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Neighborhood Trends

 

The appraiser is asked to report the One-Unit Housing Trends in the NEIGHBORHOOD section of the 1004.

 

In any neighborhood there may be a variety of property types that appeal to different market segments.  It is possible for each market segment to experience different market trends. For example, condominium prices within a neighborhood might be trending in a way that differs greatly from detached homes in the same neighborhood. Or, the trends for waterfront properties may be very different from trends for non-waterfront properties.

In such cases, should the appraiser report the trends for the neighborhood as a whole, or should the appraiser report the trends for the properties that specifically compete with the subject property?

This question can be answered by examining the instructions printed on the 1004MC:

Note that these instructions state that the appraiser must use the information in the 1004MC as the basis for the trends reported in the NEIGHBORHOOD section.  Because the data in the 1004MC is focused on those properties that compete directly with the subject, the trends reported in the NEIGHBORHOOD section should be the trends for properties that compete with the subject (i.e. the subject’s sub-market), and not the trends for the neighborhood as a whole.

While this is contrary to the way that many appraisers have been trained, it is logical.  The mortgage loan is being placed with a specific home used as collateral – not the entire neighborhood. Hence, it is logical to focus on the trends for the subject property and other properties that compete with the subject property.

Common Issues

 “Tweaking” the Predominant Value

Some clients require additional commentary if the subject’s value is above or below the predominant price for the neighborhood.  As a result, some appraisers opt to simply report the subject’s appraised value as the predominant price for the neighborhood in order to avoid having to comment on a variance between the subject’s appraised value and the predominant price.  This is an unacceptable practice that undermines credibility.  The predominant price in the neighborhood should be reported accurately, regardless of whether it is higher or lower than the subject’s reported value.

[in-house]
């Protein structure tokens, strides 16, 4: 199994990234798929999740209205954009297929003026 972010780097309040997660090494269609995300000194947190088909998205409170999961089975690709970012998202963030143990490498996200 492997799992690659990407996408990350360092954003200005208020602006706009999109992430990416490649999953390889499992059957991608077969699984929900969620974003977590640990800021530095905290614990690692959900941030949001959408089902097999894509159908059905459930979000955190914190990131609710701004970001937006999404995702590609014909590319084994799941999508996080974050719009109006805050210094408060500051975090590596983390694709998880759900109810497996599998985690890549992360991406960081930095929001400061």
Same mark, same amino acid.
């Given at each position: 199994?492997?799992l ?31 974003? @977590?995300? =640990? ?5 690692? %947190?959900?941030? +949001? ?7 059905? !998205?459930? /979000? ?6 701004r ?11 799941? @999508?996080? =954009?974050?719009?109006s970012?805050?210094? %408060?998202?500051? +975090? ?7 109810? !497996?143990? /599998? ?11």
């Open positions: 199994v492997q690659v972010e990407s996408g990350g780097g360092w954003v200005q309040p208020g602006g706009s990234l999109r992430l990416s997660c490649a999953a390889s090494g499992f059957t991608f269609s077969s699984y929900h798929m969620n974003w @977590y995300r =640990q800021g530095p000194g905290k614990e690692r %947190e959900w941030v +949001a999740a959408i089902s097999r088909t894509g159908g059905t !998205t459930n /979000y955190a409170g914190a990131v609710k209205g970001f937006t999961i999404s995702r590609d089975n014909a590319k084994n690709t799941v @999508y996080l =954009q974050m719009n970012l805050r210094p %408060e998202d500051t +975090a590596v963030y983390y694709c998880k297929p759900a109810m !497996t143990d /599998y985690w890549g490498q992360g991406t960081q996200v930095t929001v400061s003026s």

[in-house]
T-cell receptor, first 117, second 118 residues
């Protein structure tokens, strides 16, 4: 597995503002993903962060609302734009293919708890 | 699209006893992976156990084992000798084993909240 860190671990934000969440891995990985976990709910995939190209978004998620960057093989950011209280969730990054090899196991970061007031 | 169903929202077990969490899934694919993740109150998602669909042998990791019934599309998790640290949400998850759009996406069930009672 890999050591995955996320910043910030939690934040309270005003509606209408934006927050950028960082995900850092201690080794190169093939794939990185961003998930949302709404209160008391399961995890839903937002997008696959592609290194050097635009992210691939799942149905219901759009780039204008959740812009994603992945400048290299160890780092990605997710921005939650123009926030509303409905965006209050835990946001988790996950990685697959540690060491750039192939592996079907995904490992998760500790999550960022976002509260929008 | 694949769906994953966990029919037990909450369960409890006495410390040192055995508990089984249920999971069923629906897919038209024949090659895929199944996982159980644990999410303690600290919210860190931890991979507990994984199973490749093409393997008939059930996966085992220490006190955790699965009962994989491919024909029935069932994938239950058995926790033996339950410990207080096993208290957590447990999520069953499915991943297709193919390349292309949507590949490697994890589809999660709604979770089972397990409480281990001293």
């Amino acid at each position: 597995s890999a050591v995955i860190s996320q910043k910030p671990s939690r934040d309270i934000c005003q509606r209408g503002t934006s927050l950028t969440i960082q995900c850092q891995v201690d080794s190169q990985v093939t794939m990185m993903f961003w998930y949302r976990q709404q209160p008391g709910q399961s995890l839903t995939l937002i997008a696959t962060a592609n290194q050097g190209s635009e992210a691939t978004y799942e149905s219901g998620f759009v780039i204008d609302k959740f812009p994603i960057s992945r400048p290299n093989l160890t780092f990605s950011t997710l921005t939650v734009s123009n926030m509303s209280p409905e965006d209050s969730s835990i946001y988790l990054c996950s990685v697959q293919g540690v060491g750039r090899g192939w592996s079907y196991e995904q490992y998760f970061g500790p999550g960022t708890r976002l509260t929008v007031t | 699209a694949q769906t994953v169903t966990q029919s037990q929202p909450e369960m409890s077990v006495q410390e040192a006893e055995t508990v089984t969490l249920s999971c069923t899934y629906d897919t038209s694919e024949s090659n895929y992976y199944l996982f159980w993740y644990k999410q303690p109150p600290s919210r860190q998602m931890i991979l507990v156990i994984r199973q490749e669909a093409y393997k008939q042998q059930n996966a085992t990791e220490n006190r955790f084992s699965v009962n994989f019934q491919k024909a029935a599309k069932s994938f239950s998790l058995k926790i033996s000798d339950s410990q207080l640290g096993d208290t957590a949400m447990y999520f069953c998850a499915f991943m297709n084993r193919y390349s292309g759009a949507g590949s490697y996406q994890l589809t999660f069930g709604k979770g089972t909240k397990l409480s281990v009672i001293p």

General Inconsistency

If the NEIGHBORHOOD section indicates that prices are either increasing or decreasing, then the expectation is that the comparison approach adjustment grid will contain corresponding adjustments for the increase or decrease.  Conversely, if the NEIGHBORHOOD section indicates stable prices, then market condition adjustments would not be expected in the comparison approach.

If the NEIGHBORHOOD section indicates over supply or under supply, this should be supported by the analysis of the months of housing inventory on the 1004MC. 

The marketing time reported in the NEIGHBORHOOD section should be supported by the days-on-market data that is provided for each comparable and by the data reported in the 1004MC.

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